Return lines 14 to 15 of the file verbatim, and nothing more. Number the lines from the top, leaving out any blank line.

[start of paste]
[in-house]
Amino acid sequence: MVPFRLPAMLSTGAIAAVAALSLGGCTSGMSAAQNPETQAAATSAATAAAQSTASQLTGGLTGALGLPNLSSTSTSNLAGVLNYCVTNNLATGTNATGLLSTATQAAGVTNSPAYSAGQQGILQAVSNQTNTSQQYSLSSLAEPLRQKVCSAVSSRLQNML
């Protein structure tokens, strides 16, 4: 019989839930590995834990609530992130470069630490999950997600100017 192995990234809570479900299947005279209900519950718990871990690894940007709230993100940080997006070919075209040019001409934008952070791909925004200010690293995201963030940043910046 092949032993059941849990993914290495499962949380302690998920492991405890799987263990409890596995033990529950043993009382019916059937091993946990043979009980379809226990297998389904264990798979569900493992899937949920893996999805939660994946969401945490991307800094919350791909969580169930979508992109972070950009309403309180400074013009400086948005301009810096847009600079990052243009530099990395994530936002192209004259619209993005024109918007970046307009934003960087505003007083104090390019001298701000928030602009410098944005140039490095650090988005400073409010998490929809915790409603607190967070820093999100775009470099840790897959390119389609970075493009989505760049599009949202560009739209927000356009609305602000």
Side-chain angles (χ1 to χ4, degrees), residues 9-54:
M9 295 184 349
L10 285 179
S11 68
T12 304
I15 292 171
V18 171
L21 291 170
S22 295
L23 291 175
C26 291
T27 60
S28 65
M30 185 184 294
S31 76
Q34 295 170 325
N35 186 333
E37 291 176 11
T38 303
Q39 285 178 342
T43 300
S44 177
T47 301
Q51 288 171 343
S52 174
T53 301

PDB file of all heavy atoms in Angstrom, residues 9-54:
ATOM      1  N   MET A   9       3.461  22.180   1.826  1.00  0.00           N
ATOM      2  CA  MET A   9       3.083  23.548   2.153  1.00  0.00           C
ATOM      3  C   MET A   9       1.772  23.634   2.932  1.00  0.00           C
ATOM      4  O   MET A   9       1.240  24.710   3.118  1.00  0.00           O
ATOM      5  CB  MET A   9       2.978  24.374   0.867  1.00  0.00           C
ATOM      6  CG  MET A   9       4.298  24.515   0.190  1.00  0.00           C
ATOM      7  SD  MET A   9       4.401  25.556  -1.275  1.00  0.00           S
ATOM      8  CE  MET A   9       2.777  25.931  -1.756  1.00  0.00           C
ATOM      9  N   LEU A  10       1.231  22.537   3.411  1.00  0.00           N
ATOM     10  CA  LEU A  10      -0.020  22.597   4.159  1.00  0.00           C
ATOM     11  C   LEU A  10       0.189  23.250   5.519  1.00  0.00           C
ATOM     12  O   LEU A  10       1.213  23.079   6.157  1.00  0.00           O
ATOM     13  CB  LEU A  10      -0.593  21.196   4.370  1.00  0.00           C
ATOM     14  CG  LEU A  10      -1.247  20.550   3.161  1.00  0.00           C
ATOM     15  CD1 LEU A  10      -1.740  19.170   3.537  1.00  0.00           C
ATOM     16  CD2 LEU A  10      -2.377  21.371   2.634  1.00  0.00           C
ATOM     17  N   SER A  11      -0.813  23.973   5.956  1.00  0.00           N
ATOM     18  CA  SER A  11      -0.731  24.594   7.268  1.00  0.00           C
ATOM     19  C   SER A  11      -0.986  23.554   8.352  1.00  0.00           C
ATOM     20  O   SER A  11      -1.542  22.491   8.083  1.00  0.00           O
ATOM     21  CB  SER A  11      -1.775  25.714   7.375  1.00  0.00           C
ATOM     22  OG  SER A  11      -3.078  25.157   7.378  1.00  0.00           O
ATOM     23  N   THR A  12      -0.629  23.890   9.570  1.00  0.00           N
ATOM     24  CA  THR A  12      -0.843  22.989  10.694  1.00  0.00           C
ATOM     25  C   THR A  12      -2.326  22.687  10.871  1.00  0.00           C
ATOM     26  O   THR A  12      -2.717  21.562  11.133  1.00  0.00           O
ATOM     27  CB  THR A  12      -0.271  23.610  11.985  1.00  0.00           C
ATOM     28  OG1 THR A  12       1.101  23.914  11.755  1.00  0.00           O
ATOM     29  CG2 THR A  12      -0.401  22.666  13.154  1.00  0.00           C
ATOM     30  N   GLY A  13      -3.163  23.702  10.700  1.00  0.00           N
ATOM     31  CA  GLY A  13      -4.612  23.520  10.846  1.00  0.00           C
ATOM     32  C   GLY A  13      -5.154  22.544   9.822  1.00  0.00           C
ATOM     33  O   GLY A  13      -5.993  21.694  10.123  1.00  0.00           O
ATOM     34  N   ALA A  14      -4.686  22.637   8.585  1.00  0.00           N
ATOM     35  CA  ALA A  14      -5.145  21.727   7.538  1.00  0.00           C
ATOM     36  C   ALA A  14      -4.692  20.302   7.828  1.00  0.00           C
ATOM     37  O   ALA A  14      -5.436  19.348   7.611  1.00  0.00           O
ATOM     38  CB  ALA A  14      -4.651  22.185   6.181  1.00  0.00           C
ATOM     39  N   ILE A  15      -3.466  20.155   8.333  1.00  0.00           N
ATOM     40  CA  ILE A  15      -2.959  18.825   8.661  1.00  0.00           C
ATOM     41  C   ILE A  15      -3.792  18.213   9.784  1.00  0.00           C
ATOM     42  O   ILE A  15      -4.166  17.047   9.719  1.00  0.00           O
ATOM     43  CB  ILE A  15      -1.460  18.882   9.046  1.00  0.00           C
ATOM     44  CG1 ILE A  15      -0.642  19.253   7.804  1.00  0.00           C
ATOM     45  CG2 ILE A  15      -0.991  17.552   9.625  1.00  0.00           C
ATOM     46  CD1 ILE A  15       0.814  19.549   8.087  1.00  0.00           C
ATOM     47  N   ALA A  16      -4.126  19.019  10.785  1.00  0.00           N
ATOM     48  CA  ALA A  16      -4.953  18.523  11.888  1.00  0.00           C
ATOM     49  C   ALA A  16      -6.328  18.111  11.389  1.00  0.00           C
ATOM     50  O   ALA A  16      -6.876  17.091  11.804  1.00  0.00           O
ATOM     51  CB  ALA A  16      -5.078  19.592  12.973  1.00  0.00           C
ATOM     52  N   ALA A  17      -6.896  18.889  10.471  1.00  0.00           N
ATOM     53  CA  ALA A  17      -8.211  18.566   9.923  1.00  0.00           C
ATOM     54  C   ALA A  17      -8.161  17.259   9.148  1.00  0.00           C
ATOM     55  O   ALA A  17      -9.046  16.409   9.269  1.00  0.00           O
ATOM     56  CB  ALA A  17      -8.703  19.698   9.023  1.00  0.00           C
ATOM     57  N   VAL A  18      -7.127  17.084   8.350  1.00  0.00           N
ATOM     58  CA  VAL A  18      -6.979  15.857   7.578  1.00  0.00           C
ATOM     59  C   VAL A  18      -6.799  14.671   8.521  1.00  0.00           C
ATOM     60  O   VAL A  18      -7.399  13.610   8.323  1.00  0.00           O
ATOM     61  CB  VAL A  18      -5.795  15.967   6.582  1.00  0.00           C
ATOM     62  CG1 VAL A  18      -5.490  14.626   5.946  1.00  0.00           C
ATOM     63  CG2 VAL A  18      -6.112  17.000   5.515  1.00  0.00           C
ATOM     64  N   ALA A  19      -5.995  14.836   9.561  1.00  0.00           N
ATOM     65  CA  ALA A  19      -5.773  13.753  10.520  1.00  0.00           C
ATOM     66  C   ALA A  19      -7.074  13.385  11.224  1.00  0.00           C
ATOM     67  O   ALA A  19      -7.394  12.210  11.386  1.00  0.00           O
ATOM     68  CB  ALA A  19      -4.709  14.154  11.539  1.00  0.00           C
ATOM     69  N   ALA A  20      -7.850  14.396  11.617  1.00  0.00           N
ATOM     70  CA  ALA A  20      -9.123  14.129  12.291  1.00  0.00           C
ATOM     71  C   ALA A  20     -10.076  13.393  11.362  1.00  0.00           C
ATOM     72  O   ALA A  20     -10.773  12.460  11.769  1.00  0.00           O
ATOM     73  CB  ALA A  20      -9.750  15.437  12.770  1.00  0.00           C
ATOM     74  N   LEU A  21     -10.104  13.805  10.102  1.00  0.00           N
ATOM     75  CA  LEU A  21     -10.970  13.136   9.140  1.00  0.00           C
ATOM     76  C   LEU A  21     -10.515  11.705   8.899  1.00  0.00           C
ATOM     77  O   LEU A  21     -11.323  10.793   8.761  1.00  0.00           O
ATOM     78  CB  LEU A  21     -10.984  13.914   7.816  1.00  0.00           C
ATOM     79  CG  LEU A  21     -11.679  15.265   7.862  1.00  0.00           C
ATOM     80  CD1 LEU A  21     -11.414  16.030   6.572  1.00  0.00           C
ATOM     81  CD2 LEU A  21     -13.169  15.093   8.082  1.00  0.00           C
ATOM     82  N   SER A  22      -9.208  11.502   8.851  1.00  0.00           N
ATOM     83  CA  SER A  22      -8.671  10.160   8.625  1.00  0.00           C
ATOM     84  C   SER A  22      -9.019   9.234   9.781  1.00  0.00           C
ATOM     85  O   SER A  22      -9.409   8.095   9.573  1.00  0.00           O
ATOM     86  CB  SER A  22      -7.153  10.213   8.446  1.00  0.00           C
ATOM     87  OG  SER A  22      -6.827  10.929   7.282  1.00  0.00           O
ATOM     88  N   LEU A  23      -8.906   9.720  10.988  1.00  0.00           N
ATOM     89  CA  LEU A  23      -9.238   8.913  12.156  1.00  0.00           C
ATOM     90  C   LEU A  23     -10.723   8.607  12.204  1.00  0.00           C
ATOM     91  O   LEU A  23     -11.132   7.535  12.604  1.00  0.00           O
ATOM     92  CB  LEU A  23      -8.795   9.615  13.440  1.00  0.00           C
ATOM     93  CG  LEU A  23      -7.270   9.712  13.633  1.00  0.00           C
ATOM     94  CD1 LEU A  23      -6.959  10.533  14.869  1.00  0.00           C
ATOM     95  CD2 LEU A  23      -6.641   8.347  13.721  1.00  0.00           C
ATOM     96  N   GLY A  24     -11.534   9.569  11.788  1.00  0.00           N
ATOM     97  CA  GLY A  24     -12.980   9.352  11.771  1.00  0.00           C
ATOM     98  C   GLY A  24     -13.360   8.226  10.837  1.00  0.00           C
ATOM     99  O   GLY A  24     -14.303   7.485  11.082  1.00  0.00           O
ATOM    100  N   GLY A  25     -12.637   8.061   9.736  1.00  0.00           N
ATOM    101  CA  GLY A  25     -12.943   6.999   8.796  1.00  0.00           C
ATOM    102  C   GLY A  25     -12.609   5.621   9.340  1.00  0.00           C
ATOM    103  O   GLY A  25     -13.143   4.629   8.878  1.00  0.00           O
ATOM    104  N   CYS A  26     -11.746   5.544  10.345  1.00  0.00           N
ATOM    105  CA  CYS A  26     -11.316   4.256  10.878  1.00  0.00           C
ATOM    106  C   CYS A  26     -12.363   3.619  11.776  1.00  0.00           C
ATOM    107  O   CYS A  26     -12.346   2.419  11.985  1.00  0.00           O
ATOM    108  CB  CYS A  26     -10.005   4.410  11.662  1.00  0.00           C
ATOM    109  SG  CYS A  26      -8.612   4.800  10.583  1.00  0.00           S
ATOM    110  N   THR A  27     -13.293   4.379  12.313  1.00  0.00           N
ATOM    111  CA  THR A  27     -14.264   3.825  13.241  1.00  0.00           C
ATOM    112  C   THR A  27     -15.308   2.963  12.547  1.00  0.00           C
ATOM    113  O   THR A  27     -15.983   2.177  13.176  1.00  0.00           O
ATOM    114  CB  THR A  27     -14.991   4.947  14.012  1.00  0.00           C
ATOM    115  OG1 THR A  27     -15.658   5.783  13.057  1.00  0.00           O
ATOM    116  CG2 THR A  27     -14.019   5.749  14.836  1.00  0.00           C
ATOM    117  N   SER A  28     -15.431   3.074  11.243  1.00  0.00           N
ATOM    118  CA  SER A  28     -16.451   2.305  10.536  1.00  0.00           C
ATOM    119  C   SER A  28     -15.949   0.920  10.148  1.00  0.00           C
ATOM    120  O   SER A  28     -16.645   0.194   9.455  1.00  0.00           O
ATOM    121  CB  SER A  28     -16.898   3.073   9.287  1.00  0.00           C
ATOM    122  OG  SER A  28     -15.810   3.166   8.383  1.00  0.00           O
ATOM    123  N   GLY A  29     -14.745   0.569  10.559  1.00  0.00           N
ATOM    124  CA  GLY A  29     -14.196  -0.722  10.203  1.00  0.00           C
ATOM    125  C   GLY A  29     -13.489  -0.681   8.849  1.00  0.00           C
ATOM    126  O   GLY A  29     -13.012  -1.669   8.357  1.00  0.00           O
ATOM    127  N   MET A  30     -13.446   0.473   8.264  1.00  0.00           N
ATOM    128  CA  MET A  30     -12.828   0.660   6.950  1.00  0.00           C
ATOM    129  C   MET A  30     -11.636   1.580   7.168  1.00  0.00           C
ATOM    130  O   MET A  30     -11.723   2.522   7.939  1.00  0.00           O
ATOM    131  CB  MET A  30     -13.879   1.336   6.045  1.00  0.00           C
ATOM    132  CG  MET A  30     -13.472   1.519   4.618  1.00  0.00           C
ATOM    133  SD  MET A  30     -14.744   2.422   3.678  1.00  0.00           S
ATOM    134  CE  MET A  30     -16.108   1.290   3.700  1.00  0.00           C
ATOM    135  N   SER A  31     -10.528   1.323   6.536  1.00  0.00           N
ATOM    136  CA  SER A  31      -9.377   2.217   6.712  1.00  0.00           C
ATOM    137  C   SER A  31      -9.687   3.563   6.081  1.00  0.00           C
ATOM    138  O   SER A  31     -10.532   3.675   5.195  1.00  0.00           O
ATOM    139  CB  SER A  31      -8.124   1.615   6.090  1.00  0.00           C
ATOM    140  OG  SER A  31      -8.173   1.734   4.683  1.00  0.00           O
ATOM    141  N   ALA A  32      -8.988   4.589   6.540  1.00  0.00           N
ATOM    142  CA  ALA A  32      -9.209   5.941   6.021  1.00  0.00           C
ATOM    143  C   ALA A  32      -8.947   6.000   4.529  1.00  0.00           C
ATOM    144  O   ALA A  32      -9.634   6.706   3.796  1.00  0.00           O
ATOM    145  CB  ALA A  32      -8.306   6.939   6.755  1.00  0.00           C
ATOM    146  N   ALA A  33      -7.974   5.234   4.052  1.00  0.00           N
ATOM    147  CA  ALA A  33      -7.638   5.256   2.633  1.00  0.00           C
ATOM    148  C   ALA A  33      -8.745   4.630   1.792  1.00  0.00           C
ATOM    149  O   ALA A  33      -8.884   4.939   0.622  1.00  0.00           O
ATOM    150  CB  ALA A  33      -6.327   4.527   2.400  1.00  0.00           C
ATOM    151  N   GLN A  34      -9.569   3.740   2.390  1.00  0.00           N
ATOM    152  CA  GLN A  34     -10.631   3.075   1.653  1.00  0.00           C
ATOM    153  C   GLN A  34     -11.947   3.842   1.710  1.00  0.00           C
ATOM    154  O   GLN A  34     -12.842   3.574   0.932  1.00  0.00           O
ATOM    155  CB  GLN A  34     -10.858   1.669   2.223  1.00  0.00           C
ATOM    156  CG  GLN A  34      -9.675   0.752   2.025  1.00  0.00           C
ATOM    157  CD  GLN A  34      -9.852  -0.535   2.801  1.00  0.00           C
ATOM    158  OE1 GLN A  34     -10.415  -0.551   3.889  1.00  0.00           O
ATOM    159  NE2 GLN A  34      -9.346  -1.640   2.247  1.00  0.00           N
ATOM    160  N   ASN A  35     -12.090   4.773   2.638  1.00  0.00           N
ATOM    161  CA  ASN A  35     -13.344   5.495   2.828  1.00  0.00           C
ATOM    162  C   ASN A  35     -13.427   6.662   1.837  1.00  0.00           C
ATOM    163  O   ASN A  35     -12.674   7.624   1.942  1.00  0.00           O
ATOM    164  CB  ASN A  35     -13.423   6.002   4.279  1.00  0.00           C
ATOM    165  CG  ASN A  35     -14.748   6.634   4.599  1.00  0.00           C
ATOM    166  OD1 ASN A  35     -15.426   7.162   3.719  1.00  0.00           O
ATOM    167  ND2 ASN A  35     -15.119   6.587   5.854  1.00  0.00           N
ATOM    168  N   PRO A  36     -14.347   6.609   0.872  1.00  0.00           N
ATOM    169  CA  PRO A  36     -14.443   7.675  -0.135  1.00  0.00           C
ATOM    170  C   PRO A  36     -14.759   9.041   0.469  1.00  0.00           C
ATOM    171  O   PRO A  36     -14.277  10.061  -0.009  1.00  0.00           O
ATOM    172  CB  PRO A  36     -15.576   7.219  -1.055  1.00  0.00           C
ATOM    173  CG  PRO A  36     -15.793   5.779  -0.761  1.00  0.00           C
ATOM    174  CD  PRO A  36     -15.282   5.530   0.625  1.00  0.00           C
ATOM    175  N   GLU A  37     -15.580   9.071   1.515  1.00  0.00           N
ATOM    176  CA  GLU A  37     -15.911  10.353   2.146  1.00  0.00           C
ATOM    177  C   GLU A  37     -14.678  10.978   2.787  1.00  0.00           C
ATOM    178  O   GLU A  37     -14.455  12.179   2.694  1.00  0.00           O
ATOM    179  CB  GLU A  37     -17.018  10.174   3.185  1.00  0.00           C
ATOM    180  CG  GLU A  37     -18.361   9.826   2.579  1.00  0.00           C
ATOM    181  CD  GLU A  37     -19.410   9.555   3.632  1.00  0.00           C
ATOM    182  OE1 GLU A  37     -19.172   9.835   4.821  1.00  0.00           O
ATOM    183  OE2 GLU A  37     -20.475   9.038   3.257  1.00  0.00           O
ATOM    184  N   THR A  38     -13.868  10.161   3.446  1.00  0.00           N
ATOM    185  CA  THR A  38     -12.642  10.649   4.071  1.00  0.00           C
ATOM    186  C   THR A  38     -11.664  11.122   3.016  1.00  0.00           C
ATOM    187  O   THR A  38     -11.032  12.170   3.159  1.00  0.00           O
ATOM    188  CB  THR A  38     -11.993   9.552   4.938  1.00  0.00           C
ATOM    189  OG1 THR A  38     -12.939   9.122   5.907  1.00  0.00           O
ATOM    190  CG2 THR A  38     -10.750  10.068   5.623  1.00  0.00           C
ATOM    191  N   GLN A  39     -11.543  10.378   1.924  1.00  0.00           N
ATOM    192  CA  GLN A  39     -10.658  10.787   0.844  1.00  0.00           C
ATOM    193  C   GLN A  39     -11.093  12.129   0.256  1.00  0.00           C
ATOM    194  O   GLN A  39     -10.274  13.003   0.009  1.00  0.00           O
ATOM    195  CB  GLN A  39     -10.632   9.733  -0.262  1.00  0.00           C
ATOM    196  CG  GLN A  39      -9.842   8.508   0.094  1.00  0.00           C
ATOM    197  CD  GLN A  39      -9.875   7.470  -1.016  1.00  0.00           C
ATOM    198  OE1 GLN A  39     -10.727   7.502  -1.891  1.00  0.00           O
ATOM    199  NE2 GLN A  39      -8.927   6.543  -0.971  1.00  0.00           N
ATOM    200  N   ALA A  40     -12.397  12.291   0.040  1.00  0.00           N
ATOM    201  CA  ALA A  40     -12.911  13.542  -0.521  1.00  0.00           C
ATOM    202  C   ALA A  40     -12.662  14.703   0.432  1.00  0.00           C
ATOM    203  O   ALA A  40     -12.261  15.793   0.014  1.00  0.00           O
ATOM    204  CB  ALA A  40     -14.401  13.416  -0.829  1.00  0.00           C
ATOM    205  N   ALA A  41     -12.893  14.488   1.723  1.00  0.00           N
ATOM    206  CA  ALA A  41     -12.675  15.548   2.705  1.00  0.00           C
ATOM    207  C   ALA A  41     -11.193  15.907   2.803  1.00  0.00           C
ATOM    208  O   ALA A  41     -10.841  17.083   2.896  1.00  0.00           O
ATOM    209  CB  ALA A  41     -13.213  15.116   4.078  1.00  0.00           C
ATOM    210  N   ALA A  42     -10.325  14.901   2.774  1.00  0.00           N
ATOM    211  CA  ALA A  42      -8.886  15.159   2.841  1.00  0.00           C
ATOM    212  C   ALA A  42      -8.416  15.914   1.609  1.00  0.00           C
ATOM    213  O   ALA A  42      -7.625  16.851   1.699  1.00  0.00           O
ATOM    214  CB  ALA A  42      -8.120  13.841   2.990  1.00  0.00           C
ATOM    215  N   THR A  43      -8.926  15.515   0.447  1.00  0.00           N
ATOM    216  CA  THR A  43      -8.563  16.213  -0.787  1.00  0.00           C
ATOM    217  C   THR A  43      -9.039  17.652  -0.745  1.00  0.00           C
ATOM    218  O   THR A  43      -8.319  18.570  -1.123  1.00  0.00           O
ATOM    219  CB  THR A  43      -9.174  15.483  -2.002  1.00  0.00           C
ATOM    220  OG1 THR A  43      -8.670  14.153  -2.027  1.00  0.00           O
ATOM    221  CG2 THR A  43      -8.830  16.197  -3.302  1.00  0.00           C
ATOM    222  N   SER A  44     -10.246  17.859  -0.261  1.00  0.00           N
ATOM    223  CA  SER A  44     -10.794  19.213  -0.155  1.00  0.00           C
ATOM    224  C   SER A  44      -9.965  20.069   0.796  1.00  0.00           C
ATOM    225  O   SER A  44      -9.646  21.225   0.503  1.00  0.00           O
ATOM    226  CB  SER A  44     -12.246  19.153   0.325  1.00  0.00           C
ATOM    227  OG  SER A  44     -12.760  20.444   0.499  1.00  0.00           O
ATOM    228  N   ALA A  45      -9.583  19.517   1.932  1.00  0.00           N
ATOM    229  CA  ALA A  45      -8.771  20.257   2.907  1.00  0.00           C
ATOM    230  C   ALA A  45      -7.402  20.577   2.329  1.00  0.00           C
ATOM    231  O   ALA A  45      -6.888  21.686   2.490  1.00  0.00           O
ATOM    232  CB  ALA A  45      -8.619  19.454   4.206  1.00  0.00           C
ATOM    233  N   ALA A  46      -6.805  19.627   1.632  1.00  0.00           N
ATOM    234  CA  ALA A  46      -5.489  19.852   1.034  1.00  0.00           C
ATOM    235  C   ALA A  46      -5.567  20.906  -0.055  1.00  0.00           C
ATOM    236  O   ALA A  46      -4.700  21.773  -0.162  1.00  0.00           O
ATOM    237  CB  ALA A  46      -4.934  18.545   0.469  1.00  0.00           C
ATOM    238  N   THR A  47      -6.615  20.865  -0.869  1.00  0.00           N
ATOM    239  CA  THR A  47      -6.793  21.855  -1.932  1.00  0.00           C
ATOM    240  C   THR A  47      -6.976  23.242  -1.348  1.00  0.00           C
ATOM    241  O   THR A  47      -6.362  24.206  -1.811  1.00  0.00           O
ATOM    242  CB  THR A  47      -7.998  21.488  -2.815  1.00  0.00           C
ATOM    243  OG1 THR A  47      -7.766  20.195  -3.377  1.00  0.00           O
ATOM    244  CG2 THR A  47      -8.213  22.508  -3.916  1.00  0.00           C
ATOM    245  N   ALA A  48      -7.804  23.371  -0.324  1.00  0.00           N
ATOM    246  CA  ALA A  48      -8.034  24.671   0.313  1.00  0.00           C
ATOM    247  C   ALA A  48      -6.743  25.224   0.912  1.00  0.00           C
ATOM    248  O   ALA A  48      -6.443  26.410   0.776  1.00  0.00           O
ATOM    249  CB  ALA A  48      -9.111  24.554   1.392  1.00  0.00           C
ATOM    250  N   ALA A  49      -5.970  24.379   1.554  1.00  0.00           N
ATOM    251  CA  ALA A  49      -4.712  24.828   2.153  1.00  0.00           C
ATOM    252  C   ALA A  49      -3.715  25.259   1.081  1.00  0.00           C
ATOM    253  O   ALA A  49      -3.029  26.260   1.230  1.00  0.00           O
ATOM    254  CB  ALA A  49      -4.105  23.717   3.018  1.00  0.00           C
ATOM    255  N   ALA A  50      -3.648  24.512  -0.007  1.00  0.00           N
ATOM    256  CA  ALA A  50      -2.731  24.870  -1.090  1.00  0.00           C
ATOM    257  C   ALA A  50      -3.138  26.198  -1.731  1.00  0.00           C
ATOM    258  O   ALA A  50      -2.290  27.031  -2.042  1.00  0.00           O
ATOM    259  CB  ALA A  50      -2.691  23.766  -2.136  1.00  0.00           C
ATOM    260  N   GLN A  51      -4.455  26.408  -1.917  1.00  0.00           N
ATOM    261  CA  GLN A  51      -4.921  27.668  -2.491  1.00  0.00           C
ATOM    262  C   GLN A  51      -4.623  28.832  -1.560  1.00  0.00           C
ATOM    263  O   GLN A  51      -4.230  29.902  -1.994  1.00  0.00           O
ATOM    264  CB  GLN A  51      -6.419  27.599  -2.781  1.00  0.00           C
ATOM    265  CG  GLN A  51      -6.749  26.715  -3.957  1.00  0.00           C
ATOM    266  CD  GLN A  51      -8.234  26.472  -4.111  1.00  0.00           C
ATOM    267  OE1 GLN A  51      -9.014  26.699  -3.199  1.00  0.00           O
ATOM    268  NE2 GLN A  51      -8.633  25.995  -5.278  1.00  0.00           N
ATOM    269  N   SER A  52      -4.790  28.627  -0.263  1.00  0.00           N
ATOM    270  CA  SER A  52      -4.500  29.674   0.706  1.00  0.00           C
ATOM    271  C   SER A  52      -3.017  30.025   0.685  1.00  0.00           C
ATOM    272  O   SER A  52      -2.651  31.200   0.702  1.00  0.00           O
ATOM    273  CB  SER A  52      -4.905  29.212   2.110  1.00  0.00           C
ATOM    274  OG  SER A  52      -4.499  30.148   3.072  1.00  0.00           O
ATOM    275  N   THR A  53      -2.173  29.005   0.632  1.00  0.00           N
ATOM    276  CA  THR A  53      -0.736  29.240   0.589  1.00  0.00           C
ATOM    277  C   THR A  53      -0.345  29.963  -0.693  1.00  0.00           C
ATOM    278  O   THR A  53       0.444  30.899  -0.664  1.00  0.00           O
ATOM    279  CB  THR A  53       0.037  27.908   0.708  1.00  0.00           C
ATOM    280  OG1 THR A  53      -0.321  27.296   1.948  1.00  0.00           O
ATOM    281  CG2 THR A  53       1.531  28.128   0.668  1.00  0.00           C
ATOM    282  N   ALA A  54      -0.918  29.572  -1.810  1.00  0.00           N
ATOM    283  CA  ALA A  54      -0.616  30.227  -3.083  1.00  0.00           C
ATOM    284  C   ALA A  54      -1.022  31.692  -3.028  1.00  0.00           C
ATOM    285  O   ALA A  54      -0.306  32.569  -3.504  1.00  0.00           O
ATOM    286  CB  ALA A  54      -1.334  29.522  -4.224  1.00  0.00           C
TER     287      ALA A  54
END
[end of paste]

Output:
C26 291
T27 60